Our friend Ernest Hopkins writes:
Great article at the Root.com that highlights the role of violence in the struggle for race based Civil Rights and tensions that exist between intellectuals and individuals who would rather strip the movement of its essential moments of violence that blew open locked doors and paved paths for our march to freedom. I know we are bound by respectability politics, but we don’t need to soften the hard core that secured our rights. Let’s celebrate the entire movement, rock throwing and all.
Yes. The hypocrisy represented by Texas A&M University’s rebuke of Professor Tommy Curry is burned into the American narrative. “The shot heard round the world,” which refers to the 1775 Battles of Lexington and Concord that began the Revolutionary War, is memorialized in statues and obelisks and in poems by Emerson and Longfellow, and on Patriots’ Day by the Boston Marathon. As a child in school in Maryland I memorized “Paul Revere’s Ride,” which told of alerting the Minutemen the night before the battles, “For the countryfolk to be up and to arm.”
At some point I also learned of the Underground Railroad, and of the fictional Eliza’s escape over ice floes across the Ohio River as Uncle Tom died a martyr rather than tell where she ran. They did not teach us about the Nat Turner Rebellion, or about slave patrols that became police departments. In the 1980s, Ronald Reagan called Nelson Mandela a terrorist for doing essentially as the Minutemen had done. I had to learn on my own that Madiba had resorted to “The Spear of the Nation” only after his peaceful efforts as an ANC attorney were brutally rebuked by the Apartheid regime. I had to read for myself his defiant words at the treason trial in Rivonia, which reminded me of Jefferson in the Declaration. I watched on television as he walked out of prison like a returning ruler, and years later when another American president spoke at his memorial.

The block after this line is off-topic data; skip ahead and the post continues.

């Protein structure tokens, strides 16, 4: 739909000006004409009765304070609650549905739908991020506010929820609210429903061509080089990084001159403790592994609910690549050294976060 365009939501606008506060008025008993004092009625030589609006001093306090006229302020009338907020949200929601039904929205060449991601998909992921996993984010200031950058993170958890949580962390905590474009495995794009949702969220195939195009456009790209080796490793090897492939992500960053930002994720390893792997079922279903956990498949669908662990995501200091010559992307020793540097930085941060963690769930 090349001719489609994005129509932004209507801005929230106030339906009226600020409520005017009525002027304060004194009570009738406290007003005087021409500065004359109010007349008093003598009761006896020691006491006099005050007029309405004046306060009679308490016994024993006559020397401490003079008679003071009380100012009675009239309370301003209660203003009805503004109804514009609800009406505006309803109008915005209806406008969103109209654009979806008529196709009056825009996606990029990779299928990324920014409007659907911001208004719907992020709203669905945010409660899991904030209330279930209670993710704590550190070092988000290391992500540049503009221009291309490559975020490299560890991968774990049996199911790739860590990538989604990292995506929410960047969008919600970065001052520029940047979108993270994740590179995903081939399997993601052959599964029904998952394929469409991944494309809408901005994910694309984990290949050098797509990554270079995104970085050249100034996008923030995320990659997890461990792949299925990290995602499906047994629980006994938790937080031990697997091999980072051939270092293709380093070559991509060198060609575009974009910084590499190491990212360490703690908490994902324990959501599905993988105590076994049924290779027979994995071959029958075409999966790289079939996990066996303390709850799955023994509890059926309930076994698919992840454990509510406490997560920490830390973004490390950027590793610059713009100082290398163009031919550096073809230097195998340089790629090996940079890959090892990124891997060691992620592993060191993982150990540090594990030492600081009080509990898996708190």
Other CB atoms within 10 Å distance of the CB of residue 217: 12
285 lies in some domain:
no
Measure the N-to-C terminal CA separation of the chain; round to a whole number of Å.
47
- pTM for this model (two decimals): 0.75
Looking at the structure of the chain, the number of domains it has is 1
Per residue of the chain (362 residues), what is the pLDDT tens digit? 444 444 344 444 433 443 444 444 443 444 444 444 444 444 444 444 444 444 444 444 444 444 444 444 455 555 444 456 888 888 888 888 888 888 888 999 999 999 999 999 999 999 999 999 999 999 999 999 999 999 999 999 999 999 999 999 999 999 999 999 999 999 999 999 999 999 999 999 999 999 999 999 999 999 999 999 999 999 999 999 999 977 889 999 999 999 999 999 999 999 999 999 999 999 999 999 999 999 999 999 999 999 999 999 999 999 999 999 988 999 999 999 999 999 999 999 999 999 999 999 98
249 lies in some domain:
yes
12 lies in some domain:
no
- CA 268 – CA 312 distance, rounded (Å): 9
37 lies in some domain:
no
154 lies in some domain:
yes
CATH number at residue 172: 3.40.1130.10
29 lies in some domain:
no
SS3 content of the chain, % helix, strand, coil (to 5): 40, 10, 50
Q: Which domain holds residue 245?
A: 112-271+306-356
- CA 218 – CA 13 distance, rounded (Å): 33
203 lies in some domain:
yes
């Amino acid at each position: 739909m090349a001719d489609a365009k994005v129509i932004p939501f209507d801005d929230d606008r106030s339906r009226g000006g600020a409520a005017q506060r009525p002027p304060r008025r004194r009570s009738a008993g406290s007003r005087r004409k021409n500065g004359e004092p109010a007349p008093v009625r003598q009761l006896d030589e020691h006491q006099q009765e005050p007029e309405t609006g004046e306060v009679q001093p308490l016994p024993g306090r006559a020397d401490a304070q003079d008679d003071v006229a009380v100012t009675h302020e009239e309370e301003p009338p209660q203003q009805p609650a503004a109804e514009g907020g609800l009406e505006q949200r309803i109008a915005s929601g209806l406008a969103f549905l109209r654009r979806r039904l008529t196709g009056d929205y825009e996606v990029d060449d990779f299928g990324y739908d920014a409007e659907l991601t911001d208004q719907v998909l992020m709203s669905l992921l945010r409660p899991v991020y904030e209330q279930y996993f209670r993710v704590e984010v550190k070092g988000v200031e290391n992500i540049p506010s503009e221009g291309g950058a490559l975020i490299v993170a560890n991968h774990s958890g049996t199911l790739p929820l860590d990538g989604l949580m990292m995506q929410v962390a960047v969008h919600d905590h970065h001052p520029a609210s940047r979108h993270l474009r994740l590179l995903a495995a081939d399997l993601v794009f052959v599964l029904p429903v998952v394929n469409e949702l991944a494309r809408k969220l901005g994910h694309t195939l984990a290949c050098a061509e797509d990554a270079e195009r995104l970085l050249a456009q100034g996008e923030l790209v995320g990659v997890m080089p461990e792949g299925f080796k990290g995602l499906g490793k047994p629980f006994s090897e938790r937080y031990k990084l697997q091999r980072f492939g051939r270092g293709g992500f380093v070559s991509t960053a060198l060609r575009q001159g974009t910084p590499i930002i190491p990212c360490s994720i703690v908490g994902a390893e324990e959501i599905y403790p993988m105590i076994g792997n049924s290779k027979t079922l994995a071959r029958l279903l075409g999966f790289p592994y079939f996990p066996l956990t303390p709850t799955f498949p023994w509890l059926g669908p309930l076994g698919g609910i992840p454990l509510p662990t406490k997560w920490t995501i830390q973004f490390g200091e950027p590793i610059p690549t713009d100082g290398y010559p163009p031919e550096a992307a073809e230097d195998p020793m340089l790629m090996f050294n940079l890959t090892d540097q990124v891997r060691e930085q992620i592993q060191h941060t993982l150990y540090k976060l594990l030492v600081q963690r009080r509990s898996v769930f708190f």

Reclaiming and correcting history is a long struggle. But if America is to be one nation, we cannot accept a norm whereby my brave ancestors are honored as patriots while yours are reviled as terrorists, or erased or emasculated, when both sets of forebears shed their blood for freedom. The double standard is glaring and insults our intelligence, as does the Confederate throwback who is still fighting the Civil War as attorney general. So much struggle still ahead.